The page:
. . . Blue?
If you’re an ol’ skool Hammond maven like I am, you’re expecting to see warm, earthy hues, and graphical textures reminiscent of walnut, cherry, and mahogany woods. Thankfully, these are now the very skin choices within Blue3 v2. And since I've mentioned UI (User Interface) choices, I’m very pleased to report that Blue3’s UI is fully re-sizable between 70 to 200 percent – sure to accommodate most contemporary screen resolutions.
Overall, I assess Blue3 v2 to be solid prospect for anyone in need of a good quality tonewheel organ VI (Virtual Instrument). I know many of us have long held GSI’s “VB3” in high regard, considering it to be the de facto standard where modelled tonewheel emulations are concerned. However, Blue3 v2 is a worthy contender and is poised to offer itself as a fit challenger.
Priced moderately at $99 (USD), Blue3 won’t break anyone’s bank account, but neither can it be considered a cheap, ‘No brainer’ deal. However, Blue3 v2 does not emulate a single organ – rather, it distinctly models five different tonewheel organs; as well as boasting exquisite, high resolution/retina-ready graphics (resizable, to boot). This VI produces good quality Hammond tones and a convincing rotating speaker (Leslie®) experience. Taking these laudable factors into view, Blue3 v2 rapidly appreciates in value.
Let’s flip those Run and Start switches shall we . . .
Mark Studio 2 bests its forbearer, Mark Studio 1, by upping the anti from three amp heads and six cabinets to six amps and nine cabinets, respectively. A selection of six modelled close mics is on hand, as is a satisfying (virtual) midi-controllable pedal board layout. Also included in the booty are a couple of front (room) microphones. Polishing off the kit is a built-in precision tuner with optional output mute. All of this bass-a-licious-ness is presented in an easy to use, intuitive UI (User Interface) complete with a robust, simplified preset manager.
A notable change, welcomed by all customers, is whenever a company *lowers* its prices, instead of raising them. This is just such a case in point – Mark Studio 2 offers more, and costs less, than its predecessor, coming in at only € 109/$129 (usd). Mark Studio 1 bore an exorbitant price tag of € 190 a few short years ago. Generous upgrade prices reduce that amount by no less than 40%, and during annual sales events, even more so.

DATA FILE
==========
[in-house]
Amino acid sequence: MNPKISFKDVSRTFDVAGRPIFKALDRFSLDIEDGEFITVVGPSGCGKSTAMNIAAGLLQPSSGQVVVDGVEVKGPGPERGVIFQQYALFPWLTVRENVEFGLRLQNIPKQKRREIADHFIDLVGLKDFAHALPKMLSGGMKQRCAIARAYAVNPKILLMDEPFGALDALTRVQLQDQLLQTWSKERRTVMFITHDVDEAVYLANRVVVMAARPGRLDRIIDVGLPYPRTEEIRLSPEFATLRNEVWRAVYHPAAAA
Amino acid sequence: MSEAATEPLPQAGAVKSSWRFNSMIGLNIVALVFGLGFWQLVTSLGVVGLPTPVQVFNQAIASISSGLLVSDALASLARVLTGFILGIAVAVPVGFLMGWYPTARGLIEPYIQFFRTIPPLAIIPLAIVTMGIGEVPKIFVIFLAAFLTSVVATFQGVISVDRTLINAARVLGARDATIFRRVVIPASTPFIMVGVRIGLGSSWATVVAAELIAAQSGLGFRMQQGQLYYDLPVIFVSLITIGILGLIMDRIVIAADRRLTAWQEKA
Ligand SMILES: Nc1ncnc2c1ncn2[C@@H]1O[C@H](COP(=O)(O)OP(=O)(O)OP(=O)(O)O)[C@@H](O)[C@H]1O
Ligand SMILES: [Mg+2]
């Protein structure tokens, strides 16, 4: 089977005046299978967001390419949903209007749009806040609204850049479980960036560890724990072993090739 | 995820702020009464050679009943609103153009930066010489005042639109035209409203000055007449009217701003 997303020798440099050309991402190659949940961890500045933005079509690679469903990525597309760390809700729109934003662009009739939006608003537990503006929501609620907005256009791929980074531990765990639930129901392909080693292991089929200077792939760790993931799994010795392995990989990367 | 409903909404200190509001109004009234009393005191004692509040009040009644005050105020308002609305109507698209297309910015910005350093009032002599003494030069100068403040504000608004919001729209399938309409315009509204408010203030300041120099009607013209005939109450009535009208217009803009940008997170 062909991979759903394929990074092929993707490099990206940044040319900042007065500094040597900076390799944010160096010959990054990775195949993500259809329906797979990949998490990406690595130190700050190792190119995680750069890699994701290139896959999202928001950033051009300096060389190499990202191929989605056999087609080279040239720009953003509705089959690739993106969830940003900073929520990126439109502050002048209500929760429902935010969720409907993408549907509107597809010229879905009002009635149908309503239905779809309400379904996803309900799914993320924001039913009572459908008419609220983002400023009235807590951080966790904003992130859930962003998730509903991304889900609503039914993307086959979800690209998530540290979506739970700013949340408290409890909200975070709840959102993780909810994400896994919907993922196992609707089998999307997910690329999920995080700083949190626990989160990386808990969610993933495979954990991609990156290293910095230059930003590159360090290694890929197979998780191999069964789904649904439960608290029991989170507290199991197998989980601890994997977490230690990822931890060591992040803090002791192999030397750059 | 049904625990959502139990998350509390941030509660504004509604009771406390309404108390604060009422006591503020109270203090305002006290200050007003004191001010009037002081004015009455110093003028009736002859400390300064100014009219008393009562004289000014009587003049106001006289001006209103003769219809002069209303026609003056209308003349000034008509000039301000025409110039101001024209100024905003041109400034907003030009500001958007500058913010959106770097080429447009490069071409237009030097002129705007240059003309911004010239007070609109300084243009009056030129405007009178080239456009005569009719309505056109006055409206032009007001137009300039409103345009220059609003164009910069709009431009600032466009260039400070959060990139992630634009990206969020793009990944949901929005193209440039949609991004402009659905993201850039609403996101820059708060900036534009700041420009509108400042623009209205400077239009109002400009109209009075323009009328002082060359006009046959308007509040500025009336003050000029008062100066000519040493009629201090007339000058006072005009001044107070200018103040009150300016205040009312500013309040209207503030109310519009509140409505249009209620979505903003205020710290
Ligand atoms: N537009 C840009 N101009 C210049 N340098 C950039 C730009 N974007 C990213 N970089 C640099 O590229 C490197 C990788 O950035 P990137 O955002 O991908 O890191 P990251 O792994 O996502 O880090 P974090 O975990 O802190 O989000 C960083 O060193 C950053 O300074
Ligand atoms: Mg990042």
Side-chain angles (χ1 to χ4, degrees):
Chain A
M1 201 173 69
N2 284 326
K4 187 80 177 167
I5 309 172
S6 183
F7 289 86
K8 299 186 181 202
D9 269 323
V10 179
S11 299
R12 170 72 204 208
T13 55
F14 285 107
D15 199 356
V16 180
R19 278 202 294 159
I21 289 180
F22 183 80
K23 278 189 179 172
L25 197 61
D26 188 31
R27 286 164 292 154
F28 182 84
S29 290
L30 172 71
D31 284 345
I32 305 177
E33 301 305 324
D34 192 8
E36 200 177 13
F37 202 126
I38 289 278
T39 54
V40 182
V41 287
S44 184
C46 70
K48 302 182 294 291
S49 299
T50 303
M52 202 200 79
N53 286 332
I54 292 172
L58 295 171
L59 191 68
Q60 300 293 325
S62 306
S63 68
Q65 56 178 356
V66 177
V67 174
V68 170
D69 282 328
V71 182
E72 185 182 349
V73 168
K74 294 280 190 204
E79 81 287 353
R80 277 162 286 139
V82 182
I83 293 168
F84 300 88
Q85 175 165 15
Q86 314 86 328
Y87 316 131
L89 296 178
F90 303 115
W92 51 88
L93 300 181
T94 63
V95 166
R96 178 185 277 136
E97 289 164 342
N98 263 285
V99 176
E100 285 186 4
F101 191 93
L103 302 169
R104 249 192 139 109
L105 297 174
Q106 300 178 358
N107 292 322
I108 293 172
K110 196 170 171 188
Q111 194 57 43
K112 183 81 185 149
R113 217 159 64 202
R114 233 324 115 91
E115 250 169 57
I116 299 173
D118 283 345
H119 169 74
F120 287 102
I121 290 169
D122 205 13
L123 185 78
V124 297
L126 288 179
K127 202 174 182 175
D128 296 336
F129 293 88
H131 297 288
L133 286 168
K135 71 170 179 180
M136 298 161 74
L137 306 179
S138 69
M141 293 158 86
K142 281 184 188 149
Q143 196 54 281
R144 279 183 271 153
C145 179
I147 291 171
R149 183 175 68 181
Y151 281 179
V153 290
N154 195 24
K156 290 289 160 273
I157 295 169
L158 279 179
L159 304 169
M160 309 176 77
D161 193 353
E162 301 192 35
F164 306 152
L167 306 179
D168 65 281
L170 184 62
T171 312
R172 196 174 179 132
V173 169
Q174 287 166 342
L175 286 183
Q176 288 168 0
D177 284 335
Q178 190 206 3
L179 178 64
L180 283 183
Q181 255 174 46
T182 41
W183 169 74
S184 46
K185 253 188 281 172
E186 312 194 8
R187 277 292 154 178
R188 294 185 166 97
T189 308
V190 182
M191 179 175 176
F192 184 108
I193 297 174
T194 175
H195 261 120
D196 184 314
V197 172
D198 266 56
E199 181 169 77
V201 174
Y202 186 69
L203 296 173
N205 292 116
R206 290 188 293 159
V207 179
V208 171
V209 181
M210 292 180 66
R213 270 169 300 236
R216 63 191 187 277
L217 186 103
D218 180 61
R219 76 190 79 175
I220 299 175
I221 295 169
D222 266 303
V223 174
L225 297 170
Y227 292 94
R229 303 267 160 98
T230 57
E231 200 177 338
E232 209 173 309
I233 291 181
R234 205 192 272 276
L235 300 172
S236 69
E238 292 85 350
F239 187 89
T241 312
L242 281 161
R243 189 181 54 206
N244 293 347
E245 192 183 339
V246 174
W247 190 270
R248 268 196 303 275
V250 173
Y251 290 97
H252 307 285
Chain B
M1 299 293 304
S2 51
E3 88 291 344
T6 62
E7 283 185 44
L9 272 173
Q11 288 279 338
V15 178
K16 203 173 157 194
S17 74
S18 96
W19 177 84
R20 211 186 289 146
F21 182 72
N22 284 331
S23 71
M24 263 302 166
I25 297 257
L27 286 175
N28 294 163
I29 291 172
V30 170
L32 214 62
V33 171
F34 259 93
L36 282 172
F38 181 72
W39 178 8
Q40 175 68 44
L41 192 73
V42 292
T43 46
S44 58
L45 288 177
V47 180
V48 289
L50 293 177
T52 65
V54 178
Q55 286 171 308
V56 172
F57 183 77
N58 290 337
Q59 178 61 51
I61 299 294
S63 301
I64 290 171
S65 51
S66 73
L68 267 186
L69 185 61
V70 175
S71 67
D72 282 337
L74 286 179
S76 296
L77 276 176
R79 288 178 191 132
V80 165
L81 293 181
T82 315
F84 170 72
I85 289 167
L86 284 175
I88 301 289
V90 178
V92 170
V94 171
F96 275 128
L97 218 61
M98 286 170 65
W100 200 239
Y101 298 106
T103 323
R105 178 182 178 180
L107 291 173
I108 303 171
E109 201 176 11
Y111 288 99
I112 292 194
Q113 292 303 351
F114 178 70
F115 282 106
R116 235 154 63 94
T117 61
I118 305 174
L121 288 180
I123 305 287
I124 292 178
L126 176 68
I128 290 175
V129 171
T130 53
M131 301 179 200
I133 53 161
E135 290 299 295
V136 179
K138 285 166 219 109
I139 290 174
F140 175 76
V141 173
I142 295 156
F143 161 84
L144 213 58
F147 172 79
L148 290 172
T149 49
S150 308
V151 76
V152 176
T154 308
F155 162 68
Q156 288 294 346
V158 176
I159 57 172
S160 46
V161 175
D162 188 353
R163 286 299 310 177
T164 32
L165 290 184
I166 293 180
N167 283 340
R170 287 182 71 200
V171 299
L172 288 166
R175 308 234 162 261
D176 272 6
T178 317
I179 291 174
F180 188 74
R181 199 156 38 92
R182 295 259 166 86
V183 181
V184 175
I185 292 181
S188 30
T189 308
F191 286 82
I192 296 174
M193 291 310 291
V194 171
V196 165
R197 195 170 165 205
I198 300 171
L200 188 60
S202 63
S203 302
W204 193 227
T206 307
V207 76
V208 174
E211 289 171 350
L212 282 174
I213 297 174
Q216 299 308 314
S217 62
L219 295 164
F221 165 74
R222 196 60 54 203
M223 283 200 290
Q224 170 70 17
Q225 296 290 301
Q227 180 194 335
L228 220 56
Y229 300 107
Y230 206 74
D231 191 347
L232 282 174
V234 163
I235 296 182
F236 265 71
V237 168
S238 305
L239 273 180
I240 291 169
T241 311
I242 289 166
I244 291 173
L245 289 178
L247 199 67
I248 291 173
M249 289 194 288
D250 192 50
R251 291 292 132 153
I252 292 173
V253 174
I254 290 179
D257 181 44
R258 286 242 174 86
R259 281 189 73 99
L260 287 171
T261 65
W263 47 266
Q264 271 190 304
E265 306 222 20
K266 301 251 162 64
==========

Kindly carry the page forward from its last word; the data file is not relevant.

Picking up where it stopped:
“With 72 subtly-different modelled channels reproducing the nuances of a large analog console, bx_console E as a mix tool is huge, powerful, and satisfying.”
Ask any experienced, old skool mix-engineer what his/her preference is, in regard to getting “that hit record sound”, and I expect that the answer will most nearly always be the same: “Use a studio-grade analogue recording chain.”. However, this is easier said than done. After all, how many bedroom producers and home studio enthusiasts have access to $150, 000(+) SSL, Harrison or Neve recording desks?
Great strides have been taken within the digital (and computer) domains to achieve some decent approximations of the hallowed large-desk-console sound. By my estimation, one of the first developers to really come up with something good was Waves; back in January of 2006. Mind you, the release price of Waves’ SSL 4000 Collection was steep --peaking the money meter at around $1200 USD! Ouch.
There have been others whom have produced some pretty good-sounding plug-ins: Metric Halo, Solid State Logic themselves, Universal Audio, and a few others. However, very few “real” mix engineers, who were well acquainted with the genuine article, were ever highly convinced by said console emulations plug-ins.
Then came Dirk Ulrich & the crew, from over at Brainworx, touting their new “Tolerance Modeling Technology” as (hopefully) the definitive solution to everyone’s console emulation quest. Superb “brain work” it certainly was indeed! Not only has Brainworx’s team of programming engineers painstakingly modeled each component in the respective SSL 4000 “E” & “G” series channel strips, they did so across 72 separate channels! The likes had never been done before.
This is an exciting development, friends. Stick n’ stay --let’s find out just how good these hopeful accessories are. At full MSRP, bx_Console E and bx_Console G each requires a debit of $299 (USD) from a buyer’s bank account. I realize that $300 bucks is far from cheap, but bundling these high end plug-ins together with other Plugin Alliance dandies will result in goodly discounts. It’s important to note that each one has been on sale for $179 (USD) respectively. Of particular interest, if you buy one or the other of bx Consoles, you can get the alternate version for a low "crossgrade" price of only $99 (USD).